Greenbrier owner hires Nicklaus, Palmer, Player, Trevino for U.S. Open course
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Greenbrier owner hires Nicklaus, Palmer, Player, Trevino for U.S. Open course


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Chambers Bay was built with the intention of luring a future U.S. Open. Just eight years after it opened, the Tacoma, Wash.-area course did just that, albeit in controversial fashion.

Now, Greenbrier owner Jim Justice is hoping to attract the first-ever U.S. Open to West Virginia by hiring Jack Nicklaus, Arnold Palmer, Gary Player and Lee Trevino to design a Franken-course that blends their experience and architectural vision.

Justice, who is running for the governorship in West Virginia, has a mountaintop plot of land just off the Greenbrier property that will be shaped by the four golf legends. The course will be part of a project which will include a private ski facility and be available only to members of the Greenbrier Sporting Club, the resort's high-end real-estate development. Justice plans to break ground in the next 30 days and expects the course to open next fall.



The course will be built on part of an 800-acre parcel of land in the Allegheny Mountains overlooking historic Oakhurst Links, another Justice property, thought to be the oldest course in the United States. Justice acquired the land, originally purchased for a similar resort, in 2014 after bank owners propositioned him to purchase. The original owners had hired Nicklaus to design a course there. Now he has Palmer, who has won on the resort's Old White TPC, as well Player and Trevino, recently named the resort's new pro emertius.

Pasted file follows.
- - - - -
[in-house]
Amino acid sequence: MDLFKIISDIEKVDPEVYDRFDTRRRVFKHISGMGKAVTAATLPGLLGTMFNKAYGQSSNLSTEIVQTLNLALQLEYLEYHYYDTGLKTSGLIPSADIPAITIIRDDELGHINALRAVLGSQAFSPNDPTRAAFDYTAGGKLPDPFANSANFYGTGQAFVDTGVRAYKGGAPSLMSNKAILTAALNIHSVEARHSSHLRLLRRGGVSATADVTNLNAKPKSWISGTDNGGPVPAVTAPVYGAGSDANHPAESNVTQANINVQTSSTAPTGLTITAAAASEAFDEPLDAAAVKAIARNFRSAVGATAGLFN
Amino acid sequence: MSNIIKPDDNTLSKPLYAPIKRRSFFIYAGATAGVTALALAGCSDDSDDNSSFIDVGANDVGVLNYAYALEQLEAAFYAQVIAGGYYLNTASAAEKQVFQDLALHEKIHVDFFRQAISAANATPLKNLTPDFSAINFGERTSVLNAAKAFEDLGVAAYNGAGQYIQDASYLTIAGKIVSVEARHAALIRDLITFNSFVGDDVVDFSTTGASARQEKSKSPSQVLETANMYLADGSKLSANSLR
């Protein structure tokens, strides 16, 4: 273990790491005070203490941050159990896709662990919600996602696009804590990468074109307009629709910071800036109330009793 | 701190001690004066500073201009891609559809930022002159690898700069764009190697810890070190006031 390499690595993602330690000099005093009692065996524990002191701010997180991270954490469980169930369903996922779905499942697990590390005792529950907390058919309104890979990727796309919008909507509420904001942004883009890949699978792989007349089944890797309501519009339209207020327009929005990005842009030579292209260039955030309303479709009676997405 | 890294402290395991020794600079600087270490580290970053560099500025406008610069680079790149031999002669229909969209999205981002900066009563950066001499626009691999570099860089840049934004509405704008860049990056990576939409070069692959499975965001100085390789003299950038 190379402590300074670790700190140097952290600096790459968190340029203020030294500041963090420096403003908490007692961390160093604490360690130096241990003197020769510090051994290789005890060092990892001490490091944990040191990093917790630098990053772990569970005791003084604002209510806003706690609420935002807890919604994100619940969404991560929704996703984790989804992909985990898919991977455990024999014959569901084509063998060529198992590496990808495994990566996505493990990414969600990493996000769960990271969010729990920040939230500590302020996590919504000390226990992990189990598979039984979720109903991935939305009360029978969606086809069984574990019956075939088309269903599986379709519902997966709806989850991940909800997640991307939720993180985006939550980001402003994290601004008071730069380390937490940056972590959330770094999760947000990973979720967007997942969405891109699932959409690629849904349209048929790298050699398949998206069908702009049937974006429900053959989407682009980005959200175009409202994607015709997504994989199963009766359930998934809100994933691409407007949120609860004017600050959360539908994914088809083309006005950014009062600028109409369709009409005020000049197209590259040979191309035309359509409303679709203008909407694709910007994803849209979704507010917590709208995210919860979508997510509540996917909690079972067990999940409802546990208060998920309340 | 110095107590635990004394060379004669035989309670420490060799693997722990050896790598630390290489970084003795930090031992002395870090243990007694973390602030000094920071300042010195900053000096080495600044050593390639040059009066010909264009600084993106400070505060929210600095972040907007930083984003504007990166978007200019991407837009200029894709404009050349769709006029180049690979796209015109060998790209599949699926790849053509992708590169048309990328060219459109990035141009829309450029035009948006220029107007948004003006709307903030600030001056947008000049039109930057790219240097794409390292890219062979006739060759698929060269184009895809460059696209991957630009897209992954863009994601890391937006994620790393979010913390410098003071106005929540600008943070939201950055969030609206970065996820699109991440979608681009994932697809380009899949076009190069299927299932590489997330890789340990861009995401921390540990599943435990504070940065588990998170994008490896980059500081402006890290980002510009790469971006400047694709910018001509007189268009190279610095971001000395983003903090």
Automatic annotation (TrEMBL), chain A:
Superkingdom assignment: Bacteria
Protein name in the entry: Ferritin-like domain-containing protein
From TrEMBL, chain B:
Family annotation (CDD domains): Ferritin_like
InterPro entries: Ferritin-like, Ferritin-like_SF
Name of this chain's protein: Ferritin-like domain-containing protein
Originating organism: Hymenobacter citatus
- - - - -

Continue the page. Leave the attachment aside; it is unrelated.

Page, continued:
“It’s something that has never happened before, it will probably never happen again,” Justice said. “Arnold Palmer is 86 years old. The odds of this ever happening again aren’t great. And so now, we have history happening right in front of us, right here in West Virginia.”

Justice seems pretty confident that the USGA will take notice of this project.

“Why not have the U.S. Open in West Virginia?” Justice said, according to the West Virginia Gazette. “How could the USGA, how could they turn their back on these four icons, their course?"

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